I and Thou [a Short-short Story]

I pray before a triptych at the Met, Ave Maria Plena Gratia, genuflecting as Gabriel before the Queen of Heaven. I remember growing up coming to think after having been told that Protestants and Jews were too materialistic–I had family who said as much at the tables we’d sit around for weekend dinners or holiday dinners, most of them religious holidays turned into secular events. I do not want to imagine what Protestants or Jews thought or said about Catholics, which is not to say most or many or even any had to have said something derogatory about Catholics–I cannot even say that most or many or however few Catholics said anything about Protestants and Jews that Jews and Protestants would not like. I know my immigrant friends from the Soviet Union are more materialistic than they would ever admit, ever be able to admit. Humans are not beings of spirit, but beings of material, only material, therefore relationships have a habit of becoming means to ends. This is always present in every communist philosophy–materialism, right? Communism is a materialist philosophy. (You know what I am saying, so do not pretend that you do not. [That is for any Soviet formed objectors who refuse to understand that Communism is as materialistic–perhaps even more so in its metaphysical constructs {itself, a seeming contradiction} than Capitalism.])

What is it that I am saying–to say or not to say in spite of objections. Do I think the same as I did then, about Protestants, about Jews, about any of the others–everyone is other to every other person in the world, and that is true in spite of categorical arrangements. What did I think then when I was a boy around the table at home, at friends, at family? How could anyone ever think the same as he had years and years ago–not even the things he agrees with, the things he imagines he thinks same about years and years later. I think as would the monks, or a hermit perhaps in a cave in the mountains. I remember a portrait of Jerome by Da Vinci, the former who was the first comprehensive translator of the Canonical biblical texts into Latin and a friend of Augustine. Jerome is in anguish in the wilderness with a lion ready and waiting nearby, and with his candle and book and quill also nearby outside of his cave. A city is seen in proportion to its distance, Da Vinci one of the first to introduce perspective and the relativity of distance into his painting. I remember a print of this when I was boy. I felt for him, bad for him, related to him in my onliness, sometimes in my room as he was in his cave, or so I like to tell it, knowing the sympathy it might evoke.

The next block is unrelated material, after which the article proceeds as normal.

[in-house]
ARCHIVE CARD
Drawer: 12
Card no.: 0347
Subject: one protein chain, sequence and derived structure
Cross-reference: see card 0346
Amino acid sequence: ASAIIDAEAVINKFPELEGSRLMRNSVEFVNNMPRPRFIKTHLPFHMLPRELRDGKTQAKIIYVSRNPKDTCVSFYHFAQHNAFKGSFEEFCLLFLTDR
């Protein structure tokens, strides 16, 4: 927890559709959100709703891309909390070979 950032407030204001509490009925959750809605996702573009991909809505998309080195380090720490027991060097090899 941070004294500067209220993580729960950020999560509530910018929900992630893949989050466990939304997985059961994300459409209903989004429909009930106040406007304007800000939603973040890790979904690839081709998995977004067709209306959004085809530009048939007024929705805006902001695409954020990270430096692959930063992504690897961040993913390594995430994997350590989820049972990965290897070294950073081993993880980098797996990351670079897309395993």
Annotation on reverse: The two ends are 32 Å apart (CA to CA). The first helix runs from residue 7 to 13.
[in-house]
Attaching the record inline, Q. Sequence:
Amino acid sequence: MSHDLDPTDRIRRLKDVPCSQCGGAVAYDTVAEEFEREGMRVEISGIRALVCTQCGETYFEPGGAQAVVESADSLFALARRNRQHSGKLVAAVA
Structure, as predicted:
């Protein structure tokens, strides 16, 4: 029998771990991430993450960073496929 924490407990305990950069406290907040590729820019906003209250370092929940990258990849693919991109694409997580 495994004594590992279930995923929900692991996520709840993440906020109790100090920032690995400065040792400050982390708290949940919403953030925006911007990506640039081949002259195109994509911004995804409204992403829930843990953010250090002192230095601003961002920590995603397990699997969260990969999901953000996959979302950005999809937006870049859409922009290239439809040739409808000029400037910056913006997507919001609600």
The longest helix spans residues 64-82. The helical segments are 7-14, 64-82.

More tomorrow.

I had a dream the other day about Jerome in the wilderness; there’s always someone in the wilderness. I recall a Sister in Catechism class telling us the life of the Baptist. I liked the Baptist when I was a boy. The Baptist spent a lot of time in the wilderness with the Essenes, a radical monastic group of celibate Jews in the desert. Jeremiah became a friend in reading when I was a teenager. The Lamentations fit my mood, pretty much the zeitgeist too. Yes, I read from the weeping prophet and saw the relevance today, or then, when I was younger, although then and now are one time when time is considered prophetically.